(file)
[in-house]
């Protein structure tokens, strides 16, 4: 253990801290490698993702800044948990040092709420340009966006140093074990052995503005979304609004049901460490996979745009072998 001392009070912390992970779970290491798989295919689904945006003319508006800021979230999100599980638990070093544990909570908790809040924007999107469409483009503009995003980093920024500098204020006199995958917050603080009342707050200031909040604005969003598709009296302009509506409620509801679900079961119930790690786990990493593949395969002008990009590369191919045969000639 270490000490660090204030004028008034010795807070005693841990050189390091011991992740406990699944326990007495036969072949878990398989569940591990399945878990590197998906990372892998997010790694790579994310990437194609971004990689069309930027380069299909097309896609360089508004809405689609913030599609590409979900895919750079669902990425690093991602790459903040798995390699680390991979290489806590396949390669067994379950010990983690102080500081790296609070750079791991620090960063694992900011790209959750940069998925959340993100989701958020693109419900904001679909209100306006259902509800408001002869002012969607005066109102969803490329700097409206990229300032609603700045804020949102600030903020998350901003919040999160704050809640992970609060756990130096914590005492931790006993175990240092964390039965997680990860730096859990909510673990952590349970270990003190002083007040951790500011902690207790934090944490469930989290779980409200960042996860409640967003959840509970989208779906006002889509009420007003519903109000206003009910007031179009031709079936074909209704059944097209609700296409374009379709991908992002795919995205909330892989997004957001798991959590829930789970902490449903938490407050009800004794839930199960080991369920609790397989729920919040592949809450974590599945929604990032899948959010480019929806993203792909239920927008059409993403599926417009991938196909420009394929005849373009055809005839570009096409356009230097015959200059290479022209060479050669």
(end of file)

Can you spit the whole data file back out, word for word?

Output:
[in-house]
């Protein structure tokens, strides 16, 4: 253990801290490698993702800044948990040092709420340009966006140093074990052995503005979304609004049901460490996979745009072998 001392009070912390992970779970290491798989295919689904945006003319508006800021979230999100599980638990070093544990909570908790809040924007999107469409483009503009995003980093920024500098204020006199995958917050603080009342707050200031909040604005969003598709009296302009509506409620509801679900079961119930790690786990990493593949395969002008990009590369191919045969000639 270490000490660090204030004028008034010795807070005693841990050189390091011991992740406990699944326990007495036969072949878990398989569940591990399945878990590197998906990372892998997010790694790579994310990437194609971004990689069309930027380069299909097309896609360089508004809405689609913030599609590409979900895919750079669902990425690093991602790459903040798995390699680390991979290489806590396949390669067994379950010990983690102080500081790296609070750079791991620090960063694992900011790209959750940069998925959340993100989701958020693109419900904001679909209100306006259902509800408001002869002012969607005066109102969803490329700097409206990229300032609603700045804020949102600030903020998350901003919040999160704050809640992970609060756990130096914590005492931790006993175990240092964390039965997680990860730096859990909510673990952590349970270990003190002083007040951790500011902690207790934090944490469930989290779980409200960042996860409640967003959840509970989208779906006002889509009420007003519903109000206003009910007031179009031709079936074909209704059944097209609700296409374009379709991908992002795919995205909330892989997004957001798991959590829930789970902490449903938490407050009800004794839930199960080991369920609790397989729920919040592949809450974590599945929604990032899948959010480019929806993203792909239920927008059409993403599926417009991938196909420009394929005849373009055809005839570009096409356009230097015959200059290479022209060479050669």